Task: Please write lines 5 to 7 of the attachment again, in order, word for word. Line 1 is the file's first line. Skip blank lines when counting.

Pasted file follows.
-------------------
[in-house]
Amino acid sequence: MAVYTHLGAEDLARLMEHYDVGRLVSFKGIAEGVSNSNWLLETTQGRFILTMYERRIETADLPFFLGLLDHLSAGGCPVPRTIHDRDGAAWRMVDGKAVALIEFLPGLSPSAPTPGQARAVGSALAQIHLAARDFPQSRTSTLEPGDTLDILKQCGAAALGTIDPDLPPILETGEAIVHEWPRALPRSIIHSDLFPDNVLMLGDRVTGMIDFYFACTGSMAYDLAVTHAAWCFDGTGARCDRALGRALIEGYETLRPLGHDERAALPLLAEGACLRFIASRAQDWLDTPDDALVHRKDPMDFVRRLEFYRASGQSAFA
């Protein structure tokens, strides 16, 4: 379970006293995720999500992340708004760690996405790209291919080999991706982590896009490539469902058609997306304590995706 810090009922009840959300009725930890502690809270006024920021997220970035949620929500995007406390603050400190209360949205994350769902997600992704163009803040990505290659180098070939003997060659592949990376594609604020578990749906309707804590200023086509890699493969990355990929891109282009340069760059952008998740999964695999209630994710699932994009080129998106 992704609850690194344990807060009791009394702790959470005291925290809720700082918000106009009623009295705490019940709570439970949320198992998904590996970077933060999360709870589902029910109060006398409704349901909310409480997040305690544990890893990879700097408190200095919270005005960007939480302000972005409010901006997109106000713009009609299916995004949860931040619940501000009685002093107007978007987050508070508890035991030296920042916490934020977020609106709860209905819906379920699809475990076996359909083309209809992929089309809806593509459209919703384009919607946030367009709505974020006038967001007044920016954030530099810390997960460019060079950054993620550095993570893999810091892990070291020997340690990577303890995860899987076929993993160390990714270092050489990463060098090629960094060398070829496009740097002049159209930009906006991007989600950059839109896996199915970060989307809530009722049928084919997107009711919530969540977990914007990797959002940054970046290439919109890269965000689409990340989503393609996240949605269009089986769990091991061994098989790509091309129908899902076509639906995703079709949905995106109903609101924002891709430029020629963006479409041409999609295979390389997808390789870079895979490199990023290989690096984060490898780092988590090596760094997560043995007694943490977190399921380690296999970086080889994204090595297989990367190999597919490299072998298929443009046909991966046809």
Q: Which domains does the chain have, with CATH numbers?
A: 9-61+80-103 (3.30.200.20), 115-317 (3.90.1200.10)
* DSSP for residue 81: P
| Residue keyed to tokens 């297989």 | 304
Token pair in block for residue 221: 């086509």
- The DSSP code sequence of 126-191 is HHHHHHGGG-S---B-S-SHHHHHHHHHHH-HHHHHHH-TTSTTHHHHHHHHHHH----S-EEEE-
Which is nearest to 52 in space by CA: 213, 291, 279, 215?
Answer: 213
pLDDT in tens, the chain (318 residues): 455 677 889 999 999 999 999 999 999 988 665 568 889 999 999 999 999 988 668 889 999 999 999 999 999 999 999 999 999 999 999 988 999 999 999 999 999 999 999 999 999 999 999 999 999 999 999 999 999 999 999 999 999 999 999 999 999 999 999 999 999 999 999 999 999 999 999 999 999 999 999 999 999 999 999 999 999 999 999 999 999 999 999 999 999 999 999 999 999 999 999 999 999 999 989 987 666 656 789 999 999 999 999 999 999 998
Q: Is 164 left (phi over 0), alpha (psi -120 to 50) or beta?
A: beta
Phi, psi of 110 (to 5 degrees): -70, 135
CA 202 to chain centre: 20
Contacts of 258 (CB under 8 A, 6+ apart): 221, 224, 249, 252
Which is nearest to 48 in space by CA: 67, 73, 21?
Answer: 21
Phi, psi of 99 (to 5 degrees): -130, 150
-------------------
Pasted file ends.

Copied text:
A: 9-61+80-103 (3.30.200.20), 115-317 (3.90.1200.10)
* DSSP for residue 81: P
| Residue keyed to tokens 């297989």 | 304